• The truck driver would affix a PARS sticker to the pro-bill and together with the commercial invoice and fax this paperwork to the Customs Broker
  • The truck driver would follow up with the Customs Broker via phone (or use a PARS checker service on the Customs Broker website). The truck driver could not approach the border unless there was a confirmation that the Customs Broker had cleared the cargo which included referencing the trucking company PARS number.
  • When the truck driver arrived at the border, the paperwork would be handed to the Customs Agent and the PARS barcode would be scanned. If the Customs Broker released the cargo then the PARS verification would be ok and it was up to the Customs Officer if an inspection of the cargo was necessary.

The term “PARS Sticker” is still used as trucking companies still commonly use PARS stickers on their paperwork.  In fact, the PARS number has continued to be used very commonly as the CCN or Cargo Control Control Number in ACI.

Some Customs Brokers insist that the carrier continue to affix PARS stickers on the paperwork when faxing to some Customs Brokers.  In fact, you can use any number as your CCN and don’t need to use a PARS sticker.  PARS stickers from printing companies are convenient though since they will ensure the PARS number does not duplicate for a period of 3 years.  In ACI your CCN needs to be unique for a period of 3 years.

RNS (Release Notification System)

The RNS system provides notice of cargo release directly to the following participants;

  • Transportation carriers that have a Canadian carrier code
  • Warehouses that have a sublocation code
  • Importers/customs brokers that have an account security number

Once set up with CBSA (Canada Border Services Agency) the above parties will be automatically notified when the importer or customs broker submits cargo release data to CBSA.  The participants are notified with the following messages:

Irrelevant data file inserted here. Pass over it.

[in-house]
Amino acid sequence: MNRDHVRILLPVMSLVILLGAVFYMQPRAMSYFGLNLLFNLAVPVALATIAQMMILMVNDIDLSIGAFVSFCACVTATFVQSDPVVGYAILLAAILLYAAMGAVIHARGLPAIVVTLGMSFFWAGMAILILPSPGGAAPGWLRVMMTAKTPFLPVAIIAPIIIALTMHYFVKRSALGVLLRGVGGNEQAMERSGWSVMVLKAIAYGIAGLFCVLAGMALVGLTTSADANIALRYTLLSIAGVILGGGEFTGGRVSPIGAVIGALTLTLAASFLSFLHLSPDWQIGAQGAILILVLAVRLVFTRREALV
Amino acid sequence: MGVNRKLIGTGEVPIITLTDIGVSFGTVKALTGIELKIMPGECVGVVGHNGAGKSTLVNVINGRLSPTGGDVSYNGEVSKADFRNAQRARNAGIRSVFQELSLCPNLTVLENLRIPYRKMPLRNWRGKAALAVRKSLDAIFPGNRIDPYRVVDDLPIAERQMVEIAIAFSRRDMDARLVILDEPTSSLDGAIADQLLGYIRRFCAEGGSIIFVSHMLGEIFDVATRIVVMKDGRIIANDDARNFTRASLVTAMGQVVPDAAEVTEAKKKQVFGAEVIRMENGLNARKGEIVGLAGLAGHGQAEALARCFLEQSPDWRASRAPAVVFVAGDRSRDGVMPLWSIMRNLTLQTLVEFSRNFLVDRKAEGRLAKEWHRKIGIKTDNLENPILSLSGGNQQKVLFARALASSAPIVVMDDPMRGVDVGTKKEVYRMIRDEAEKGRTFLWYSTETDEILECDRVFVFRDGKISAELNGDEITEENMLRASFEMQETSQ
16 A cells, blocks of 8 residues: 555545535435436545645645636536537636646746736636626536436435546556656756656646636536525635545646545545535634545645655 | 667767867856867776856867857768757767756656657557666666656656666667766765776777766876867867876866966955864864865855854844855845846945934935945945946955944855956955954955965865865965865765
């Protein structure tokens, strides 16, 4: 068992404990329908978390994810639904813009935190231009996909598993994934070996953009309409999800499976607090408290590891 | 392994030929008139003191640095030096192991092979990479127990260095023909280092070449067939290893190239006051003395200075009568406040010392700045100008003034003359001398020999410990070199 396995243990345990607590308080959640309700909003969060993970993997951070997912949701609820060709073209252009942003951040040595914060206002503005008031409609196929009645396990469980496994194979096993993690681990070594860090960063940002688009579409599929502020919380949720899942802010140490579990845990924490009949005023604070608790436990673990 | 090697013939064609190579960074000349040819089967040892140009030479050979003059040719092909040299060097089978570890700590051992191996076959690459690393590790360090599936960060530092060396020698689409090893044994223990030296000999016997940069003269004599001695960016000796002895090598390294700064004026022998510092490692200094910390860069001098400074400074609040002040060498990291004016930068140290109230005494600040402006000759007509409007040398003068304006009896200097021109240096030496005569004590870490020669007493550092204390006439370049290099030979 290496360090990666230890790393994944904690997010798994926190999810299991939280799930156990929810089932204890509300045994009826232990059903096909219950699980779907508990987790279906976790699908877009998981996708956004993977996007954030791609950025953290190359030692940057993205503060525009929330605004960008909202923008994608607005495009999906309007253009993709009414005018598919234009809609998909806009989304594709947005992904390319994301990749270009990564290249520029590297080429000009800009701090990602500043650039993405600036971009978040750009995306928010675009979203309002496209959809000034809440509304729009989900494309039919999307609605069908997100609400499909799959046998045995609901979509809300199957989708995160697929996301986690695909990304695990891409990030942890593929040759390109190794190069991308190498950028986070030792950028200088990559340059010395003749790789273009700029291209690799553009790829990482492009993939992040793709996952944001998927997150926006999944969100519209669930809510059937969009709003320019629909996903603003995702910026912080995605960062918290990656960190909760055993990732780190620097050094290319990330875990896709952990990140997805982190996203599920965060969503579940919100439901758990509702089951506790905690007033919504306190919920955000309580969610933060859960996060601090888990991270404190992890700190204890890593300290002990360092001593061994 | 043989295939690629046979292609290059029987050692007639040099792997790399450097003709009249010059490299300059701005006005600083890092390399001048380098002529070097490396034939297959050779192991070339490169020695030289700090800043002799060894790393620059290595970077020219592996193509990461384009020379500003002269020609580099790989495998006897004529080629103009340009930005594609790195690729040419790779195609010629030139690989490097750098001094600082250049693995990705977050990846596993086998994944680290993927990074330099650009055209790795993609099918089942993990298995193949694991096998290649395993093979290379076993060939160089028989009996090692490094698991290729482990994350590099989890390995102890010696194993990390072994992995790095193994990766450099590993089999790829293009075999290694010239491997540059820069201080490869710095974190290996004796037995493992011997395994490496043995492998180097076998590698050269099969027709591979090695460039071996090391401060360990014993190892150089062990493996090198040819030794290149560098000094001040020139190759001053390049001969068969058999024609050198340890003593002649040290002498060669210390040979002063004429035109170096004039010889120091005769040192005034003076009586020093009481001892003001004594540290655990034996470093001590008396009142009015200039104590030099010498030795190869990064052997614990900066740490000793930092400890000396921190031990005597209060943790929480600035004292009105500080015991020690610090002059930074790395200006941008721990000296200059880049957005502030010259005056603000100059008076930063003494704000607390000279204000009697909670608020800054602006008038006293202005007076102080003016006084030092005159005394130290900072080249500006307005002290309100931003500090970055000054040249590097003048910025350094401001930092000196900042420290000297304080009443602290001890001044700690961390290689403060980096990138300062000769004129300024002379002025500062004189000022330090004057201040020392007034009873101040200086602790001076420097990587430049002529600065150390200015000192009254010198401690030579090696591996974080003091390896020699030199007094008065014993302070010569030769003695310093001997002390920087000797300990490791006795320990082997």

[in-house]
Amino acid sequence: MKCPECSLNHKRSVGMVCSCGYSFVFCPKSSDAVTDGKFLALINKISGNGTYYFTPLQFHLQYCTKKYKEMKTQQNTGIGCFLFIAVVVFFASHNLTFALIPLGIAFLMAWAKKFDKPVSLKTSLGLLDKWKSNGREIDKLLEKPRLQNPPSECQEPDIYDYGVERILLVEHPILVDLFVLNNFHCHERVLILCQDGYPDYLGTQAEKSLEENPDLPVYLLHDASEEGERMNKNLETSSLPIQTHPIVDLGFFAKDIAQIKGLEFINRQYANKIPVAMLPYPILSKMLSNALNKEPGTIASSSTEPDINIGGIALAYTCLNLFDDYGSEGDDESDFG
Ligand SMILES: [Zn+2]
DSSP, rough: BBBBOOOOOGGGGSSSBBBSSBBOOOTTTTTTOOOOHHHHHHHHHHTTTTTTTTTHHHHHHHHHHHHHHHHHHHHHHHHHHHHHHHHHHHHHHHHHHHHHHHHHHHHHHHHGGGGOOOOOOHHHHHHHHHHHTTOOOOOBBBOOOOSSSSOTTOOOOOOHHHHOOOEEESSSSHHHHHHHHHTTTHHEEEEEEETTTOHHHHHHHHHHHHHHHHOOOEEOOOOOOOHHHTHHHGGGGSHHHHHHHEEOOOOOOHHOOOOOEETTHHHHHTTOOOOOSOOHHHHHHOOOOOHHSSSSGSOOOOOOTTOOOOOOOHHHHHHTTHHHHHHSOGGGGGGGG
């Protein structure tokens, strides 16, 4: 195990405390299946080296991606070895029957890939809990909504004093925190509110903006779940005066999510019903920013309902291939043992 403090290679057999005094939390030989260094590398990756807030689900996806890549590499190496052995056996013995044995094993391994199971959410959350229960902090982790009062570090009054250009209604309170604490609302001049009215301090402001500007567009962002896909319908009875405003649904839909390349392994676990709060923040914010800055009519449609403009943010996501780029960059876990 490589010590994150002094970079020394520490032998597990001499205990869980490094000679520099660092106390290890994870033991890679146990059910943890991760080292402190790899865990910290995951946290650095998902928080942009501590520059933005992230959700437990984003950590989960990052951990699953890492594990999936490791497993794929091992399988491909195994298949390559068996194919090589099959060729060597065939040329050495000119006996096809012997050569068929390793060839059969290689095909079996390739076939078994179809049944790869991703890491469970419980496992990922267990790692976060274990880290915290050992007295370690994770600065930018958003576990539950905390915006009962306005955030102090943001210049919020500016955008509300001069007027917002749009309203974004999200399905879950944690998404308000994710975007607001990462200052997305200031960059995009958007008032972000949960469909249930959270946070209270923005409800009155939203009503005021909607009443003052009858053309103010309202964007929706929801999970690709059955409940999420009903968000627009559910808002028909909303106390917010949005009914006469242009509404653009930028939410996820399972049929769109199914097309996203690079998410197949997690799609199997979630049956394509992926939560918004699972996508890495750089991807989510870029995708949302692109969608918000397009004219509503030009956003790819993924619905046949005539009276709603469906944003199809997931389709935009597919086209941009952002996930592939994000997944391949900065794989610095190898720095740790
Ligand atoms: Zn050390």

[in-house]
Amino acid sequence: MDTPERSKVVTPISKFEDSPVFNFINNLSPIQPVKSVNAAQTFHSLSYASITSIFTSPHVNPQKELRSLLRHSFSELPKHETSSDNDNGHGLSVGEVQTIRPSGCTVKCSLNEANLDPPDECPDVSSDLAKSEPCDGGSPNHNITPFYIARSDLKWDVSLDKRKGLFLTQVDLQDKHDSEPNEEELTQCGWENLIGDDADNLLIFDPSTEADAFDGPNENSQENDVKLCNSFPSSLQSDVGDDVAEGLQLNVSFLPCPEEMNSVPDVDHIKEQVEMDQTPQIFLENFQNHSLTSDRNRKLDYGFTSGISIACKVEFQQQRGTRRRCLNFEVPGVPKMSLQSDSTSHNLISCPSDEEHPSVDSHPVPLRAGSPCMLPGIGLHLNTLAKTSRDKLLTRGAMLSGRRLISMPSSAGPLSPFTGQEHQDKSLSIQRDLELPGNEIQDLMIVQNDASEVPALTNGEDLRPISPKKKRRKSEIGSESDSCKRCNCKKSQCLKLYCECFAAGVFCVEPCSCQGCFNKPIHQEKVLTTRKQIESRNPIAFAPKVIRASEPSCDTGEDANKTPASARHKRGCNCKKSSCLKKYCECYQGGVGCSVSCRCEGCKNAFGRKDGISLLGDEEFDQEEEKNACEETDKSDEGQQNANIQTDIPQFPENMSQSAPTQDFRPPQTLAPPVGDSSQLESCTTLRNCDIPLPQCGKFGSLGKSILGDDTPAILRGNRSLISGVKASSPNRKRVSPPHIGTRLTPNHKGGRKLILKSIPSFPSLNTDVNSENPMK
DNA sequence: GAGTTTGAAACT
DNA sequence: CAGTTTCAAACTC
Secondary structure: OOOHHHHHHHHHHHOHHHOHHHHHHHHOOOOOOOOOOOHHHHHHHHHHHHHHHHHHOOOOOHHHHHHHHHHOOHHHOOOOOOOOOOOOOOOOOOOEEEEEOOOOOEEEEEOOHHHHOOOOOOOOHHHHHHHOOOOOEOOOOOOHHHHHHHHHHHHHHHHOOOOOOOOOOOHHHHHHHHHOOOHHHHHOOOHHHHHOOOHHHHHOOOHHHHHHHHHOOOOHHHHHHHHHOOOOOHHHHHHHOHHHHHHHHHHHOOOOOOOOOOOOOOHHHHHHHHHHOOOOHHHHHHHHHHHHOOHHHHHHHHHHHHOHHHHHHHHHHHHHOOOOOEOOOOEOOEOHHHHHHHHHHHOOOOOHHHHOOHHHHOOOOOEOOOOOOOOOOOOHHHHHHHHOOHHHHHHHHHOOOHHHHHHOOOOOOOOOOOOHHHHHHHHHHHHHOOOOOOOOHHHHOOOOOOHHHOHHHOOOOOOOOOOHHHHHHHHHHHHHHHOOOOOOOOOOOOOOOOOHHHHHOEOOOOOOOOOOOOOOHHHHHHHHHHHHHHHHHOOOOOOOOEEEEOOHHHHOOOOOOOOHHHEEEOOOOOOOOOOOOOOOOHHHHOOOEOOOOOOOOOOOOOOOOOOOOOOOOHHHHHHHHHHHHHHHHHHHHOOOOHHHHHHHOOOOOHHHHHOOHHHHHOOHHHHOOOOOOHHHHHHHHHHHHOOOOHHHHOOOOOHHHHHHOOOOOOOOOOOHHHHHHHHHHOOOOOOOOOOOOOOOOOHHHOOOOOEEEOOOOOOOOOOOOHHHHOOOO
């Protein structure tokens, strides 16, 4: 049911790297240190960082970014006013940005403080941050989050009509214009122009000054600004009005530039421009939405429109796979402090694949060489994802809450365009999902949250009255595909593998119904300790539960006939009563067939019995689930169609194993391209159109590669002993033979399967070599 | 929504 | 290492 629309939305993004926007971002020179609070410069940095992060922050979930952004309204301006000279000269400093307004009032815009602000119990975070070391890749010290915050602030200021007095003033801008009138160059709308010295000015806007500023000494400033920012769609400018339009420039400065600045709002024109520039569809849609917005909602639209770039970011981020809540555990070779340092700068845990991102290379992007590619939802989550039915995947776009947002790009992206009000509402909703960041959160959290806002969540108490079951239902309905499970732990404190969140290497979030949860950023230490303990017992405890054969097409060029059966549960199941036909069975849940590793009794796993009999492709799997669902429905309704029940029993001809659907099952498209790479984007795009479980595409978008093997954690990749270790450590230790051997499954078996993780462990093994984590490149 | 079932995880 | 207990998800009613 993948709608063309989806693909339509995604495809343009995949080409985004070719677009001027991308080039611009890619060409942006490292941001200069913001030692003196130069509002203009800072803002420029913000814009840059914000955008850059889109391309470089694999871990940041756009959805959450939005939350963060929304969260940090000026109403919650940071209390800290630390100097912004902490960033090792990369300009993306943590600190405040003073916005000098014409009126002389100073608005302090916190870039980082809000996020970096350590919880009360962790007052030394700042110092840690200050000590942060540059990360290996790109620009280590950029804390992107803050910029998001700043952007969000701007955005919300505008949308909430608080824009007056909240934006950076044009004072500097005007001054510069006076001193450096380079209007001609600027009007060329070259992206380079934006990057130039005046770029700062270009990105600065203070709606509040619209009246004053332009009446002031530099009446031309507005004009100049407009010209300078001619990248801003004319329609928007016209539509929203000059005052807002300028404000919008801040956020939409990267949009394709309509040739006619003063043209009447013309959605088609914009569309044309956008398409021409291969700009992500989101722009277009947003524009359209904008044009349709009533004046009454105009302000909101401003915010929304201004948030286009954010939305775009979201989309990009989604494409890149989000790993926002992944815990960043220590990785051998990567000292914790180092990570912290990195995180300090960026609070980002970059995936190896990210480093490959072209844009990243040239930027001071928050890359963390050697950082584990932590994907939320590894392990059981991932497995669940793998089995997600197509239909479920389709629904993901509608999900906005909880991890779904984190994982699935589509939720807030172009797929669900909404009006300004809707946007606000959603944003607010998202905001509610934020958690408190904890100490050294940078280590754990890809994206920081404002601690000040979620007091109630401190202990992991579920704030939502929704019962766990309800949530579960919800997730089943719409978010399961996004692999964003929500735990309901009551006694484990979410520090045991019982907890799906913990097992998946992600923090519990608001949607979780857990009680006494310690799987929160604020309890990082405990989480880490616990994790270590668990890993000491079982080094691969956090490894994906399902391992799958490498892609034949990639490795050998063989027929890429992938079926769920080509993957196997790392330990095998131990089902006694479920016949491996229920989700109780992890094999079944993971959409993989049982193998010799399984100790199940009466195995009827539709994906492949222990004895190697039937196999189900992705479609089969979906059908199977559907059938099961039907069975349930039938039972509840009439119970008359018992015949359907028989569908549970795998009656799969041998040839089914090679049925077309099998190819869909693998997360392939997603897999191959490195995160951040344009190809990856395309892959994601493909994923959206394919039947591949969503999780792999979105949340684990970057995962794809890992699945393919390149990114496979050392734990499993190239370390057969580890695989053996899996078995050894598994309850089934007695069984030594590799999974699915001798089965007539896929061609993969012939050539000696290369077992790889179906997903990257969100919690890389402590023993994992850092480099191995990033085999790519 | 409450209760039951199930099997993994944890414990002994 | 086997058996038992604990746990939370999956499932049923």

• Declaration Accepted, Awaiting arrival of goods– this message means the transportation carrier can approach the Canadian border with their cargo.
  • Goods Released– this message is received when either the transportation crosses the border and the Customs Officer has released the conveyance and cargo allowing the conveyance to enter the country
  • Status Query– this message allows the participant to query the latest release status of the cargo or trade declaration. Once the status query is submitted the response back from CBSA will either be Declaration Accepted, Awaiting arrival of goods or Goods Released
  • WACM (Warehouse Arrival Certification Message)- this message is sent by the warehouse when in bond cargo arrives into their warehouse. Once this message is submitted CBSA is informed and a cargo inspection my optionally happen
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ACI eManifest Notices (D4 Notices)

D4 Notices are eventually going to replace RNS messages.  Currently, most participants are still using RNS messages while some participants are using both messages at the same time.  The new D4 Notices are the following;

  • Matched
  • Not Matched
  • Cargo Complete
  • Document Package Complete
  • Reported
  • Arrived
  • Document Not on File
  • Authorized to Deliver
  • Released
  • Held for CBSA
  • Deconsolidation

Submission Options

Highway carriers may transmit eManifest data to CBP or CBSA using the following options;

  • Web account- Carriers access the Customs City eManifest portal via the Internet. The eManifest is submitted by the carrier and responses viewed on the portal. This option is good for companies submitting 20- 300 shipments per month.
  • Fax/Email- Carrier faxes or emails their request to the Customs City eManifest Support team. The manifest details are submitted to CBP or CBSA. Customs City will notify the driver when they can cross the border. This plan is a good option if you cross the border infrequently or your dispatch is not open 24 hours a day. Some carriers will use both the web account and the fax/email plan during weekends and after-hours.
  • XML API- Carriers integrate their dispatch system with Customs City using our XML API. Full automation of sending and receiving messages saves time and money. This is a good plan option if you have an in-house dispatch system that is capable of exporting and importing files. Also if a carrier is creating more than 300 shipments per month on the web portal the XML API automation option should be explored.

Please click the link below to explore our pricing plans.

CBSA ACI Application

CBSA RNS Application

ACE eManifest Request Form (USA)

ACI eManifest Request Form (Canada)

ACE/ACI eManifest Online Request Forms

Click below to complete an ACE eManifest request online

Click below to complete an ACI eManifest request online